|2004 Lemond bikes||mfuchs|
Sep 15, 2003 4:18 AM
|I was just looking at the 2004 Lemond bikes on their http://www.lemondbikes.com website and was curious about the design of a few of them. The titanium/carbon ones in particular and one of the steel/carbon ones have a cf top tube, seat tube, and seatstays with a titanium or steel headtube, downtube, and chainstays which they call the spine. My question is is this of really any advantage or (my opinion) just another marketing ploy to try to sell something new.|
|re: 2004 Lemond bikes||russw19|
Sep 15, 2003 4:31 AM
|The reason behind CF seat stays is said to stiffen the rear end, reduce road shock, and lighten the bike.
Bikes are definately lighter with CF stays, and most with CF stays are stiffer in the back, as for the road shock claim, the jury is still out.
As for the Lemond design, your top tube doesn't do much to absorb road shock. Most of that would be done by the stays and seat tube. So they make a CF seat stay and seat tube to make the bike ride like the OCLV Trek bikes (or just a good feeling carbon bike) but use a Ti downtube and chainstays to make the bike ride like a really nice Ti bike. Two things are for sure on these, the ride is somewhere between a nice CF bike and a nice Ti bike, and it is lighter than their full Ti bikes. The same should hold true for the steel/Ti combo.
Check for reviews of the 2003 Tete d'Course. It was a Ti/CF frame like this years. It got great reviews from what I saw.
From what I was told, Trek's philosophy behind this bike is to combine all the best ride features of the OCLV bikes with the best of Ti bikes... I wasn't fully convinced they did all that, but it's a nice bike.
|re: 2004 Lemond bikes||PEDDLEFOOT|
Sep 15, 2003 4:53 AM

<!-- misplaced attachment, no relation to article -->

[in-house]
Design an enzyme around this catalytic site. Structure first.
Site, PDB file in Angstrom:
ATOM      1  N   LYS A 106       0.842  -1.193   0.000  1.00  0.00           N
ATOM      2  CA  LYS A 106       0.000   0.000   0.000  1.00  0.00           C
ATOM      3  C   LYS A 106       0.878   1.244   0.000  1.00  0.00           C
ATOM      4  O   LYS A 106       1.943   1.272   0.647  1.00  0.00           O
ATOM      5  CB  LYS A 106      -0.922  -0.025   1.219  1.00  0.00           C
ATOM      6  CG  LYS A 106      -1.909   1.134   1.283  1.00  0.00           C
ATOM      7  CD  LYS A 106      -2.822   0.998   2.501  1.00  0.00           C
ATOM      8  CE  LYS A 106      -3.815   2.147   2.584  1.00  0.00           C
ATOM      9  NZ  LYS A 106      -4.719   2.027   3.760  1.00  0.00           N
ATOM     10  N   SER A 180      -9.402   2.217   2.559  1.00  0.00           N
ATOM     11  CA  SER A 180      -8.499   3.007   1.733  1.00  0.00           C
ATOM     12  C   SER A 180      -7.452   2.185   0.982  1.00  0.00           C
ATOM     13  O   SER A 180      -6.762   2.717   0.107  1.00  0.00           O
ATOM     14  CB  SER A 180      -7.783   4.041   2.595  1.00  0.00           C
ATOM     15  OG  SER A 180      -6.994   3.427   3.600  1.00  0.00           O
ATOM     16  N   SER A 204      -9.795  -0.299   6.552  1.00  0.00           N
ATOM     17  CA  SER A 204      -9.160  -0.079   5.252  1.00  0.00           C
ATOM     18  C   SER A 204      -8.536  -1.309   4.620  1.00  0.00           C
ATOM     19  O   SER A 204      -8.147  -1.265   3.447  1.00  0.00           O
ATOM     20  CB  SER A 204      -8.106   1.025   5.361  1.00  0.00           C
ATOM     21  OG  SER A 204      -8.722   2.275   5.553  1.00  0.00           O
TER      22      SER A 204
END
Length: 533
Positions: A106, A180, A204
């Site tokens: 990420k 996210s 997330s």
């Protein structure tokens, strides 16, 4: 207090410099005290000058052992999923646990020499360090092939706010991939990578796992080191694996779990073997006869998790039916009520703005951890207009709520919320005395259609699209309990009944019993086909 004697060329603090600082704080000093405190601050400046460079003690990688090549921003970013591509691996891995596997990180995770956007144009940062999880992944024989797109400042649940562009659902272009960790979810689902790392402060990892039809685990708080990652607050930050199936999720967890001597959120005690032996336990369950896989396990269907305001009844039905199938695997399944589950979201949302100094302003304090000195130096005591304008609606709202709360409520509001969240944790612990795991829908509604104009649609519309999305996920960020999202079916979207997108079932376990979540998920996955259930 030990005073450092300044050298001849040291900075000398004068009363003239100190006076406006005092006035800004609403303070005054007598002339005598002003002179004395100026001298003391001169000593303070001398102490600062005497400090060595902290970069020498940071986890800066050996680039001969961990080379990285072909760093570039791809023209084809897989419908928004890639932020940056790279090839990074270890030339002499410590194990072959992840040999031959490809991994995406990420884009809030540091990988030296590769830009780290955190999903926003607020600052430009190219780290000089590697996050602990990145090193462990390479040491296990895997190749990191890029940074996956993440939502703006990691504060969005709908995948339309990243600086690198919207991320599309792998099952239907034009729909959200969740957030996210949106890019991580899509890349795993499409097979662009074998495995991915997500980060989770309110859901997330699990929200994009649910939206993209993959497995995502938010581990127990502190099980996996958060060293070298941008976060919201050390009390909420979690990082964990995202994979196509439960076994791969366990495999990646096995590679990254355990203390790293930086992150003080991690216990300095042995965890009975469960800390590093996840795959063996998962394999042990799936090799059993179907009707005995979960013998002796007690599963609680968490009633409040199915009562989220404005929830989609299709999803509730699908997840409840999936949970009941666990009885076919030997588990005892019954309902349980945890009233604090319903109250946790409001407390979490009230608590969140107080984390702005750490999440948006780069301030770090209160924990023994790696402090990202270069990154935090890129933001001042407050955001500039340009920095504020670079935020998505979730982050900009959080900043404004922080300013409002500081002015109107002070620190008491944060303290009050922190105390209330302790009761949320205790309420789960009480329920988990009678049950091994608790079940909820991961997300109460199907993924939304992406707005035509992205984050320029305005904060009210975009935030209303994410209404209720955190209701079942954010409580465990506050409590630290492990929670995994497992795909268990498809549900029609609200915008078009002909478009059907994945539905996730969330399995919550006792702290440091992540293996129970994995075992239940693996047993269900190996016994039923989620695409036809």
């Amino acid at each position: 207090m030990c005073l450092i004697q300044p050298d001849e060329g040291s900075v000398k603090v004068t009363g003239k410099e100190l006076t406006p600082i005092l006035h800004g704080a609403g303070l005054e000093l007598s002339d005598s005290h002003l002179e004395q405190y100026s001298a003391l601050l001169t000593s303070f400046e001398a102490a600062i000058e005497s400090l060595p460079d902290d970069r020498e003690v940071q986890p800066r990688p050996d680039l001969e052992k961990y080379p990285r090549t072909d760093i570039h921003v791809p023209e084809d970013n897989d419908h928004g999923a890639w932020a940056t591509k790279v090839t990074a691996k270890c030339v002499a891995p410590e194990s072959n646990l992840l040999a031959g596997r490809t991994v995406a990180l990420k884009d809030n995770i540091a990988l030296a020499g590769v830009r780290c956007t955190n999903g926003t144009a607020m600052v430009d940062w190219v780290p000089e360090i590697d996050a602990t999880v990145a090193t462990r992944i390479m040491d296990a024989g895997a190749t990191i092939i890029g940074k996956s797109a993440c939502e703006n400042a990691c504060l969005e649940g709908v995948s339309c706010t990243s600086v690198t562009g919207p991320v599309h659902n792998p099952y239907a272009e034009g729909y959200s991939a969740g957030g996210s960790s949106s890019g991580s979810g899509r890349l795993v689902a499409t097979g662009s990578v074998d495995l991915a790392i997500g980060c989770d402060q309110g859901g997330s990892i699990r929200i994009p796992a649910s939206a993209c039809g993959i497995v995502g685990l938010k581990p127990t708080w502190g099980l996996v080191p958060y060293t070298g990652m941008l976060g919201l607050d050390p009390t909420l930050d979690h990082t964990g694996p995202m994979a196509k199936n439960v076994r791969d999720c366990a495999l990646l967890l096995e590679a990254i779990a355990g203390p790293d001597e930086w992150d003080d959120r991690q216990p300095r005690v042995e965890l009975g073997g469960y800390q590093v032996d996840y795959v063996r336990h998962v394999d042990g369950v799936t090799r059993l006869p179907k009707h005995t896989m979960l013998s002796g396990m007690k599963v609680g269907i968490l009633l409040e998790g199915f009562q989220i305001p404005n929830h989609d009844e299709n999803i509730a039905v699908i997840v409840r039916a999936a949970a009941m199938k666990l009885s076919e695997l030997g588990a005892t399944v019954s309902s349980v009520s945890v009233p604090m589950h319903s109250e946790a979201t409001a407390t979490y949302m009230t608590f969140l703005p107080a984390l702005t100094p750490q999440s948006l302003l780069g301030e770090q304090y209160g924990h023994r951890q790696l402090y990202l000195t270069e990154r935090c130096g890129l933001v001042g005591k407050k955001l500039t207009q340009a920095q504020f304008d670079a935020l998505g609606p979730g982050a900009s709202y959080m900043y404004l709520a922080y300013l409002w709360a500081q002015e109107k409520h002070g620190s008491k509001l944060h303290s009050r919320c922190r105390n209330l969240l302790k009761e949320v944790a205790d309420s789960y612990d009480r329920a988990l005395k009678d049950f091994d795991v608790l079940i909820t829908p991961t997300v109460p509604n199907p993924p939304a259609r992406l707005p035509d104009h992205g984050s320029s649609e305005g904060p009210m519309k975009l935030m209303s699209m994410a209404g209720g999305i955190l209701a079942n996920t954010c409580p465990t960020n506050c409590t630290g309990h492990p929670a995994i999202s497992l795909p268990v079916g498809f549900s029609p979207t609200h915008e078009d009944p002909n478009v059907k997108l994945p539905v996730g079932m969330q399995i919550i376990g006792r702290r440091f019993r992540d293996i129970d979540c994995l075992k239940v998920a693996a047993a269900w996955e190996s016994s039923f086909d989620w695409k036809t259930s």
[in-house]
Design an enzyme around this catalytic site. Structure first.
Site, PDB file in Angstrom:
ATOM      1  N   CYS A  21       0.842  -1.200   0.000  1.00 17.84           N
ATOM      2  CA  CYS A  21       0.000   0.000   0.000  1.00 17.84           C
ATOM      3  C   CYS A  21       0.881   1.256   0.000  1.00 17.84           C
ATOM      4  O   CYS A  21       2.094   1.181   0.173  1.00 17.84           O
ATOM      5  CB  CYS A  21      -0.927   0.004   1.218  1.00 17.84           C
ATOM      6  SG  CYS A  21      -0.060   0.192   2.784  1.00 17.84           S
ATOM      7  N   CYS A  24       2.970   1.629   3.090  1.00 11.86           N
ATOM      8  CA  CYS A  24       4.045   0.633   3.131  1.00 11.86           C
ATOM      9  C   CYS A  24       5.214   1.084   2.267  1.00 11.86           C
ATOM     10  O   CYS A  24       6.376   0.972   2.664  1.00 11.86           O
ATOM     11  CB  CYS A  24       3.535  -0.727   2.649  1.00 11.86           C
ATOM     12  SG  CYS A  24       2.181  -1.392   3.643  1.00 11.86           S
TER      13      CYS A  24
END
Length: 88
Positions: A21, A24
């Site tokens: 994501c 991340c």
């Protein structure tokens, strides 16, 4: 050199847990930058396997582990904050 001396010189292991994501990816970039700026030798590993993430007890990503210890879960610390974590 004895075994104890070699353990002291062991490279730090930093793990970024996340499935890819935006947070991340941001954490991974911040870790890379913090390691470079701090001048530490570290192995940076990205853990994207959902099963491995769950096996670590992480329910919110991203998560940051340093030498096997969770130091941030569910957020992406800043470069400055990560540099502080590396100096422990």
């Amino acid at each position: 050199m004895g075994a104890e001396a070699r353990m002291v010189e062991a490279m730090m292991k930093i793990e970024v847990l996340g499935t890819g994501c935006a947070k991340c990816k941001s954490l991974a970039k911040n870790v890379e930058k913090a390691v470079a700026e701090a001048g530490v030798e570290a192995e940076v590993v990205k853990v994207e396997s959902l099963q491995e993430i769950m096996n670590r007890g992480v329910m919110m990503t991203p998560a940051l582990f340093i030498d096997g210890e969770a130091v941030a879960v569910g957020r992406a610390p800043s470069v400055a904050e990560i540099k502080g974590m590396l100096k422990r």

|It's still a shame that they are abandoning the steel frames that they have been known for.Steel is real.(Sorry for the cliche).|
|See the classic lines: MJ, Zurich, BA still live on. nm||Spunout|
Sep 15, 2003 4:55 AM
|Nope, they're the carbon-steel mix too. nm||OldEdScott|
Sep 15, 2003 6:19 AM
|Jeez. Sloping tops tubes, a bunch of aluminum bikes, steel contaminated with carbon ... LeMond has lost its collective mind. But the GOOD news is, all our 'old' steel Lemonds with non-ugly lettering are now instant classics!|
|Nope, they are called the classic line and still for sale nm||andy02|
Sep 15, 2003 6:54 AM
|What am I missing on the website?||OldEdScott|
Sep 15, 2003 7:06 AM
|I see the MJ offered as a 'classic' option, but not the BA and Z. I only see them as carbon/steel.|
|$h!t, you're right.||Spunout|
Sep 15, 2003 7:24 AM
|I see now. Maillot Jaune only. But, it is a price gouge because it was essentially the same frame as the Zurich. If they are trimming the line, they only need one all steel (853 Pro) frame anyways.|
|You can buy the 853 Pro frame as frameset or Project One. nm||russw19|
Sep 15, 2003 1:16 PM
|re: 2004 Lemond bikes||andy02|
Sep 15, 2003 5:35 AM
|I test rode a steel lemond this weekend. It was really nice! IT feels more like a steal bike out of the saddle but in the saddle it's almost as easy riding as my 5200. it might be a little harsh but it is a lot better then just steel. You still have to go with fit and the treks fit me better.|
|Steel may be real but probably doesn't sell.||shamelessgearwhore|
Sep 15, 2003 8:23 AM
|Lemond steels are SWEET bikes, but I think that most people walking in a shop are dazzled by latest and greatest tech. I was recently showing some friends my newest ride (all steel) and they were quite surprised at how light it was. Unless you really follow things and know better, steel sounds "old". It reminds you of your parents' old bike in the basement. It reminds you of the rusting bike frame that's been locked to the fence for years after someone stole the wheels. This decision has more to do with moving the bike off the showroom floor than providing a quality ride for the long haul.|| |